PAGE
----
Good-hearted yokels, nasty college kids in "Tucker & Dale Vs. Evil" | Arts | Indy Week

Good-hearted yokels, nasty college kids in "Tucker & Dale Vs. Evil"

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TUCKER & DALE VS. EVIL
**
Opens Friday in select theaters

When it comes to the portrayal of hillbillies on the big screen, there are usually two archetypes: the dim-witted but sweet-natured yokel or the raving, homicidal psychopath. Tucker & Dale vs. Evil poses the question of what would happen if two yokels were mistaken for psycho killers. As the movie shows, the result would be incredibly stupid yet immensely watchable.

Tucker (Alan Tudyk) and Dale (Tyler Labine) are fixing up their new “vacation home” in the woods. Unfortunately, their renovations get interrupted by a group of college kids on an ill-fated camping trip. When one of them (30 Rock’s Katrina Bowden) injures her head while skinny-dipping, Tucker and Dale rescue her and nurse her back to health.

Their efforts to return her to safety are thwarted by her paranoid friends, who must’ve spent their childhoods watching The Texas Chainsaw Massacre, Deliverance and every other hicksploitation film from the ’70s, who are determined not to be the victims of killer hillbillies. Her friends instead spend most of the movie accidentally offing each other.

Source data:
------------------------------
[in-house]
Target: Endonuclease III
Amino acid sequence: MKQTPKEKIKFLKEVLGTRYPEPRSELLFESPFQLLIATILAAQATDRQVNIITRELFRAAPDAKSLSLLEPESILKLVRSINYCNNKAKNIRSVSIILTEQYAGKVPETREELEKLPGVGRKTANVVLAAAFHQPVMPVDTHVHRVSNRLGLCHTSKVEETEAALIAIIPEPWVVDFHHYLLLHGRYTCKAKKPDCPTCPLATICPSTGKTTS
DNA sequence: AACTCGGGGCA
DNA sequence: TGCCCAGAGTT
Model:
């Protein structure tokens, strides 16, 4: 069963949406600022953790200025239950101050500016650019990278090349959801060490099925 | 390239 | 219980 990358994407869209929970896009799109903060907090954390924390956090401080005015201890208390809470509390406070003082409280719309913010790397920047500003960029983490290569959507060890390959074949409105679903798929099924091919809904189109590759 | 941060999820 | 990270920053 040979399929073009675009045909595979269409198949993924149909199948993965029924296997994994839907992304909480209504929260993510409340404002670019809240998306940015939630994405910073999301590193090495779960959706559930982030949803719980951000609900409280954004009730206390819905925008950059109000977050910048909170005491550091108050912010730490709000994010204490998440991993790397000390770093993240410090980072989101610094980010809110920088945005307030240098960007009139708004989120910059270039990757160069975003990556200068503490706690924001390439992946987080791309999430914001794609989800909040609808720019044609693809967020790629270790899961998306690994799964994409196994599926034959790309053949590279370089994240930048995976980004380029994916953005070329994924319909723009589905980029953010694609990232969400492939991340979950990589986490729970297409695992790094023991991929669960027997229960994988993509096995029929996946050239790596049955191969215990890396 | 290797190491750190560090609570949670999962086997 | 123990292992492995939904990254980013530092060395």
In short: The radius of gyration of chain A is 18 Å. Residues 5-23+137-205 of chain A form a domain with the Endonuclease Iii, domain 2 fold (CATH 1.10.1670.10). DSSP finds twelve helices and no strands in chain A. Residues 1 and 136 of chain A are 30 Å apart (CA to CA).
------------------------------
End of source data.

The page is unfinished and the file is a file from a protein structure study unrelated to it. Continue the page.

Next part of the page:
For his characters’ demises, co-writer/director Eli Craig (aka Sally Field’s son) comes up with the sort of ridiculous Rube Goldberg setups you would usually find in Final Destination movies. More anarchically absurd than cleverly constructed, this silly, blood-soaked farce certainly stretches its one-joke premise as far as it can go. However, this film preaches the credo of not judging a book by its cover. Or a man by his overalls.

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